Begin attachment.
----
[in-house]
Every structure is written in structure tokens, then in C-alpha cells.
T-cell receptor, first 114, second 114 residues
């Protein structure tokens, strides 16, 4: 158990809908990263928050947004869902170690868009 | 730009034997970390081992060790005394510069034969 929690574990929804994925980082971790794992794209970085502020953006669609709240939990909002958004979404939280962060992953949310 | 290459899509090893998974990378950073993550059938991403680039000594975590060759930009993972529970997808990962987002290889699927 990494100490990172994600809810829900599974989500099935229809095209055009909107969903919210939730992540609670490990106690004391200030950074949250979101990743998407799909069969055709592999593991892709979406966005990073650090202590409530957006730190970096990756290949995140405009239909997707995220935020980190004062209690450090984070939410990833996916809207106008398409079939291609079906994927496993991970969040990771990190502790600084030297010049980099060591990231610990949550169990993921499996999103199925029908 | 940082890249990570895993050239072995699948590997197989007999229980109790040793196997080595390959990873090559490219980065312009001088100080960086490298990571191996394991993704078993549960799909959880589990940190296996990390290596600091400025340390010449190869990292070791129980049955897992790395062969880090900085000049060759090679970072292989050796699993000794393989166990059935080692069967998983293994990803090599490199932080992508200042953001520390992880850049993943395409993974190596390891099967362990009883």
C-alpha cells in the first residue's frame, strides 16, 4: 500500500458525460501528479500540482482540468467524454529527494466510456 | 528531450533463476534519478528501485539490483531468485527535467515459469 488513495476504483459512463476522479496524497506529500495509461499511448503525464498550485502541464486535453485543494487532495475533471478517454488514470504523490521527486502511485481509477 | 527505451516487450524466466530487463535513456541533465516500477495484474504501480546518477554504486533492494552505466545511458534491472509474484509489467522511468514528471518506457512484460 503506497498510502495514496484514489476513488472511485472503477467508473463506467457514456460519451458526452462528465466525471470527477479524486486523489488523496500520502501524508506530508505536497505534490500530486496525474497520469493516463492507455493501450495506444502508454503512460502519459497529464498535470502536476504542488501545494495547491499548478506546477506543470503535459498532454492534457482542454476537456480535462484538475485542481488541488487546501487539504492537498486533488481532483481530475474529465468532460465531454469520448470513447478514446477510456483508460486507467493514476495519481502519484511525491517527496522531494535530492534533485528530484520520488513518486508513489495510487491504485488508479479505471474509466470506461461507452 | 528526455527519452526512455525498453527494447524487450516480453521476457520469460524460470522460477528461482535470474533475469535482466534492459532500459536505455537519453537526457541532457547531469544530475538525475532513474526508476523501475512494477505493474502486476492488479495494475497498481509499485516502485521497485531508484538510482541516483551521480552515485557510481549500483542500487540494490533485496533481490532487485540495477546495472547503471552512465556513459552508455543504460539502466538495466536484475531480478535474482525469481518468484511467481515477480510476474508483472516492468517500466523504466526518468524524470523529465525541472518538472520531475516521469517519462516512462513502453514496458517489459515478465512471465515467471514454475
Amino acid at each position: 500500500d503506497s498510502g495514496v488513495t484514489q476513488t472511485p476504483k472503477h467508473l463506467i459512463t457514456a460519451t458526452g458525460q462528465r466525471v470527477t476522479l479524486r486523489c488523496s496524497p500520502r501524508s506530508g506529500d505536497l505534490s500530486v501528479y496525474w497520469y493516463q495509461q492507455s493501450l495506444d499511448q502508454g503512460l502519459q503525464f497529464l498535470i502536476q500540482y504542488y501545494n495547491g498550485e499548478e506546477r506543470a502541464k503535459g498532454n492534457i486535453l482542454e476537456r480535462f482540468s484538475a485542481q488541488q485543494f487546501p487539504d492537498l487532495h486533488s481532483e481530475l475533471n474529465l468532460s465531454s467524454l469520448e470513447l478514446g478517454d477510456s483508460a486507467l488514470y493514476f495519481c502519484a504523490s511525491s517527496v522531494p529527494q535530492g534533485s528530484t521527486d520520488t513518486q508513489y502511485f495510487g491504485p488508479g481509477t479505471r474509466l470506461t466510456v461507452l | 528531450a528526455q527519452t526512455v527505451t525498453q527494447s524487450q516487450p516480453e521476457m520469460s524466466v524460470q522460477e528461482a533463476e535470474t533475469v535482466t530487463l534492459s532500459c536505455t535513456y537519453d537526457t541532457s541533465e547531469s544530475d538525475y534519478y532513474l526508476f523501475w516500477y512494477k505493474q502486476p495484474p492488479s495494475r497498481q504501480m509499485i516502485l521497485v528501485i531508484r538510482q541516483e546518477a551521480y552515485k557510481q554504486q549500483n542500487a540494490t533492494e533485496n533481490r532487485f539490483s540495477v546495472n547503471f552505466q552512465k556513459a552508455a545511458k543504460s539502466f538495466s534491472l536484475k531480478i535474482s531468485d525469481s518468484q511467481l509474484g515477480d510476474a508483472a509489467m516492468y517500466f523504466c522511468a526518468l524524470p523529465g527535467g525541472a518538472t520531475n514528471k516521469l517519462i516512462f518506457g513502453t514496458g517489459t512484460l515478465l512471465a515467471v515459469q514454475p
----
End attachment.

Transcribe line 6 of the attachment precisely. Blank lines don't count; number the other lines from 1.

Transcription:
Amino acid at each position: 500500500d503506497s498510502g495514496v488513495t484514489q476513488t472511485p476504483k472503477h467508473l463506467i459512463t457514456a460519451t458526452g458525460q462528465r466525471v470527477t476522479l479524486r486523489c488523496s496524497p500520502r501524508s506530508g506529500d505536497l505534490s500530486v501528479y496525474w497520469y493516463q495509461q492507455s493501450l495506444d499511448q502508454g503512460l502519459q503525464f497529464l498535470i502536476q500540482y504542488y501545494n495547491g498550485e499548478e506546477r506543470a502541464k503535459g498532454n492534457i486535453l482542454e476537456r480535462f482540468s484538475a485542481q488541488q485543494f487546501p487539504d492537498l487532495h486533488s481532483e481530475l475533471n474529465l468532460s465531454s467524454l469520448e470513447l478514446g478517454d477510456s483508460a486507467l488514470y493514476f495519481c502519484a504523490s511525491s517527496v522531494p529527494q535530492g534533485s528530484t521527486d520520488t513518486q508513489y502511485f495510487g491504485p488508479g481509477t479505471r474509466l470506461t466510456v461507452l | 528531450a528526455q527519452t526512455v527505451t525498453q527494447s524487450q516487450p516480453e521476457m520469460s524466466v524460470q522460477e528461482a533463476e535470474t533475469v535482466t530487463l534492459s532500459c536505455t535513456y537519453d537526457t541532457s541533465e547531469s544530475d538525475y534519478y532513474l526508476f523501475w516500477y512494477k505493474q502486476p495484474p492488479s495494475r497498481q504501480m509499485i516502485l521497485v528501485i531508484r538510482q541516483e546518477a551521480y552515485k557510481q554504486q549500483n542500487a540494490t533492494e533485496n533481490r532487485f539490483s540495477v546495472n547503471f552505466q552512465k556513459a552508455a545511458k543504460s539502466f538495466s534491472l536484475k531480478i535474482s531468485d525469481s518468484q511467481l509474484g515477480d510476474a508483472a509489467m516492468y517500466f523504466c522511468a526518468l524524470p523529465g527535467g525541472a518538472t520531475n514528471k516521469l517519462i516512462f518506457g513502453t514496458g517489459t512484460l515478465l512471465a515467471v515459469q514454475p